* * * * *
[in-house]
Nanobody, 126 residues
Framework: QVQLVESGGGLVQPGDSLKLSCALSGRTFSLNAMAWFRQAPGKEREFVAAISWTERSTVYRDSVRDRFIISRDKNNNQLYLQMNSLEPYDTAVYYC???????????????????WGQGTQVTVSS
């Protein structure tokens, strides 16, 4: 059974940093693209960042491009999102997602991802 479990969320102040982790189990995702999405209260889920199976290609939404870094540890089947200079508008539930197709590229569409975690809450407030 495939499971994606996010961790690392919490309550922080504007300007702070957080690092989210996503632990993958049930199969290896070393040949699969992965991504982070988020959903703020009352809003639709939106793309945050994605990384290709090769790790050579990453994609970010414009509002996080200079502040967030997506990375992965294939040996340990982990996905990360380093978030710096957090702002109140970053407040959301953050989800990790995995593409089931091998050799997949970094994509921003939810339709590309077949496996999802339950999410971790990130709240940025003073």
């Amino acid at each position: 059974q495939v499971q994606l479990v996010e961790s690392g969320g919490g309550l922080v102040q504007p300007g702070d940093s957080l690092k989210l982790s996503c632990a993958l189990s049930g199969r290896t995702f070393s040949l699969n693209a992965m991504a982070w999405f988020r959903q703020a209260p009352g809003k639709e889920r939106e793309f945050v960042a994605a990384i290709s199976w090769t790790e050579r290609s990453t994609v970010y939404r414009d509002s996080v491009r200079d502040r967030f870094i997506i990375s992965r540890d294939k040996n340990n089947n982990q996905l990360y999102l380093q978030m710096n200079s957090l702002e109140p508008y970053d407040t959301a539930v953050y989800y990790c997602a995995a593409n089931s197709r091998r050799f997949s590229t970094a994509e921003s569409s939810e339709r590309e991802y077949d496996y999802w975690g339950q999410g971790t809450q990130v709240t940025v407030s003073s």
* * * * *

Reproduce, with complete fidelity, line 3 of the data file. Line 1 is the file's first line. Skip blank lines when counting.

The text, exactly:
Framework: QVQLVESGGGLVQPGDSLKLSCALSGRTFSLNAMAWFRQAPGKEREFVAAISWTERSTVYRDSVRDRFIISRDKNNNQLYLQMNSLEPYDTAVYYC???????????????????WGQGTQVTVSS